Petitions of the week
on May 29, 2020 at 10:30 am
This week we highlight petitions pending before the Supreme Court that involve, among other things, under what circumstances the foregone-conclusion exception to the Fifth Amendment privilege against self-incrimination might apply to the compelled production of passwords to encrypted electronic devices, and when the Federal Communications Commission under the Telecommunications Act of 1996 may repeal or modify media ownership rules that it determines are no longer “necessary in the public interest as the result of competition.”
The petitions of the week are below the jump:
Federal Communications Commission v. Prometheus Radio Project
Issue: Whether the U.S. Court of Appeals for the 3rd Circuit erred in vacating as arbitrary and capricious the Federal Communications Commission orders under review, which, among other things, relaxed the agency’s cross-ownership restrictions to accommodate changed market conditions.
National Association of Broadcasters v. Prometheus Radio Project
Issue: Whether under Section 202(h) of the Telecommunications Act of 1996 the Federal Communications Commission may repeal or modify media ownership rules that it determines are no longer “necessary in the public interest as the result of competition” without statistical evidence about the prospective effect of its rule changes on minority and female ownership.
Pennsylvania v. Davis
Issues: (1) Whether the foregone-conclusion exception to the Fifth Amendment privilege against self-incrimination established in Fisher v. United States and its progeny applies to the compelled production of passwords to encrypted electronic devices when the government has seized a device pursuant to a valid search warrant and has independent knowledge that the password exists, is known by the suspect and will decrypt the device, such that the compelled information itself lacks testimonial significance and any testimony implied by the compelled act is already known by the government, is not in issue and adds little or nothing to the sum total of the government’s information; and (2) whether, assuming the foregone-conclusion exception applies, the government must demonstrate knowledge relating solely to the password sought or must also demonstrate knowledge of the contents of the encrypted device for which a judge has already authorized a search.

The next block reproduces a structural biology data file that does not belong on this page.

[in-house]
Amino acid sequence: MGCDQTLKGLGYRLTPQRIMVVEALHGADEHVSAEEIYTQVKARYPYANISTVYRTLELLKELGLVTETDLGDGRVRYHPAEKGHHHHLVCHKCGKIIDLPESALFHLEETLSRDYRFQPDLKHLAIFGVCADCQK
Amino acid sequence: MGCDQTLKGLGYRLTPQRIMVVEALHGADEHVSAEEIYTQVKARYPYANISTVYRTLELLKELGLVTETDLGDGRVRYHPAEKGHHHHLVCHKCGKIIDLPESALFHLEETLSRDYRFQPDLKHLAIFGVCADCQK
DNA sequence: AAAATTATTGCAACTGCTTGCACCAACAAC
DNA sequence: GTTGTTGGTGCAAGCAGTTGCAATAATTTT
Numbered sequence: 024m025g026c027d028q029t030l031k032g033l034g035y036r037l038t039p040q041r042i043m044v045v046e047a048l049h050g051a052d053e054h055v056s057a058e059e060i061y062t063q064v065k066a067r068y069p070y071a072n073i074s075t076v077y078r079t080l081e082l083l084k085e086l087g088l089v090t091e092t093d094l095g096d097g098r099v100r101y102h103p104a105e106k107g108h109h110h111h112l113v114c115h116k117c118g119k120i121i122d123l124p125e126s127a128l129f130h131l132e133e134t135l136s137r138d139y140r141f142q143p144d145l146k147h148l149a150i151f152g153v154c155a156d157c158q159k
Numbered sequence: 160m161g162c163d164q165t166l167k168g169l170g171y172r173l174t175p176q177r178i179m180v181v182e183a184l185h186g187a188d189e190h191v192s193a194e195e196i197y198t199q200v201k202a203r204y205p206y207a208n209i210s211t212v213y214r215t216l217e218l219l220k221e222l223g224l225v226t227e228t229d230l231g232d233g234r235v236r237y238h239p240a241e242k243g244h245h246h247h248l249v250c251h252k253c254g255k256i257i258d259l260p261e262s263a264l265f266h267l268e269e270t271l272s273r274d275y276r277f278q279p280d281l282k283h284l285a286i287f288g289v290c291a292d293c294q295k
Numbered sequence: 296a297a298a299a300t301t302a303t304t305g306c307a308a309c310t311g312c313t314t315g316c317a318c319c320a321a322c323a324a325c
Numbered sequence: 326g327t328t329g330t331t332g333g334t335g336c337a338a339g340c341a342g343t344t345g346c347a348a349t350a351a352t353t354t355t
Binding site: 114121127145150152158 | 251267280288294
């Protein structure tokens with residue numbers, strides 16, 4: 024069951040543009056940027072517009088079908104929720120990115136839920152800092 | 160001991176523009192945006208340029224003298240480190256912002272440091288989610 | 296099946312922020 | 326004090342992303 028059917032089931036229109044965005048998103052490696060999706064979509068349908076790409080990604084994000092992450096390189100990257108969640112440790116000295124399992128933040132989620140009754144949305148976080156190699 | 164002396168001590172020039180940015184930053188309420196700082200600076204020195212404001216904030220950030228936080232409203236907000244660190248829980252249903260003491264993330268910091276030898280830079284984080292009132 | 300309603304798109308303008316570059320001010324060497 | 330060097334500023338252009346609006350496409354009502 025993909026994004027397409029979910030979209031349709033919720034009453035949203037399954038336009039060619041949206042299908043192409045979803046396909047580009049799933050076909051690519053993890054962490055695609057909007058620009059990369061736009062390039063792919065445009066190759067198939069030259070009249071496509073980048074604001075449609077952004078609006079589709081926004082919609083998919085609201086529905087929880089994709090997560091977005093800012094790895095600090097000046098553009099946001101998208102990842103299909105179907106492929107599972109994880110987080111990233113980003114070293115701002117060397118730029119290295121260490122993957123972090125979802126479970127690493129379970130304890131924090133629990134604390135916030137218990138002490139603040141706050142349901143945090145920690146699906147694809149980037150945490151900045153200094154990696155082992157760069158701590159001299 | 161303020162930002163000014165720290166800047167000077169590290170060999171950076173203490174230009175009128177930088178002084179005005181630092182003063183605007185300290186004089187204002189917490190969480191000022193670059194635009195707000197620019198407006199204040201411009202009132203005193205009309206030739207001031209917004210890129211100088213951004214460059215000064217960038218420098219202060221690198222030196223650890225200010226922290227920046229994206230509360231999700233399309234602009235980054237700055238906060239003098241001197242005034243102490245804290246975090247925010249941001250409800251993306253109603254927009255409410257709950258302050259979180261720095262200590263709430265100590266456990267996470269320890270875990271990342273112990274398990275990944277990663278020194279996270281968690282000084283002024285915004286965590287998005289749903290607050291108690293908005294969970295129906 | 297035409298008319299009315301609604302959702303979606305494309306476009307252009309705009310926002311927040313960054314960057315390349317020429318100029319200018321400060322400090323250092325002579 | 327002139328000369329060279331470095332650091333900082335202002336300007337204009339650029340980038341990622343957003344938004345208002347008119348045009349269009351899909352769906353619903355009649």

Baker v. Rose
Issue: Whether the U.S. Court of Appeals for the 9th Circuit’s decision – reversing a federal district court’s denial of habeas relief in a decision that sounds of ordinary error correction instead of applying the Antiterrorism and Effective Death Penalty Act of 1996, after the state trial court rejected both the defendant’s and the state’s attempts to introduce evidence of uncharged acts and prior acquittals — violates the AEDPA, given that the Supreme Court reversed the 9th Circuit under materially indistinguishable circumstances in Nevada v. Jackson.
Ford Motor Company of Canada, Ltd. v. Bell
Issue: Whether “control” – concerning when federal law permits someone to be subject to preclusion for having exercised “control” over a lawsuit, even if they were not formally a party to it – is assessed based on the totality of the circumstances, as seven U.S. courts of appeals have held, or using a rigid two-part test, as four U.S. courts of appeals have held.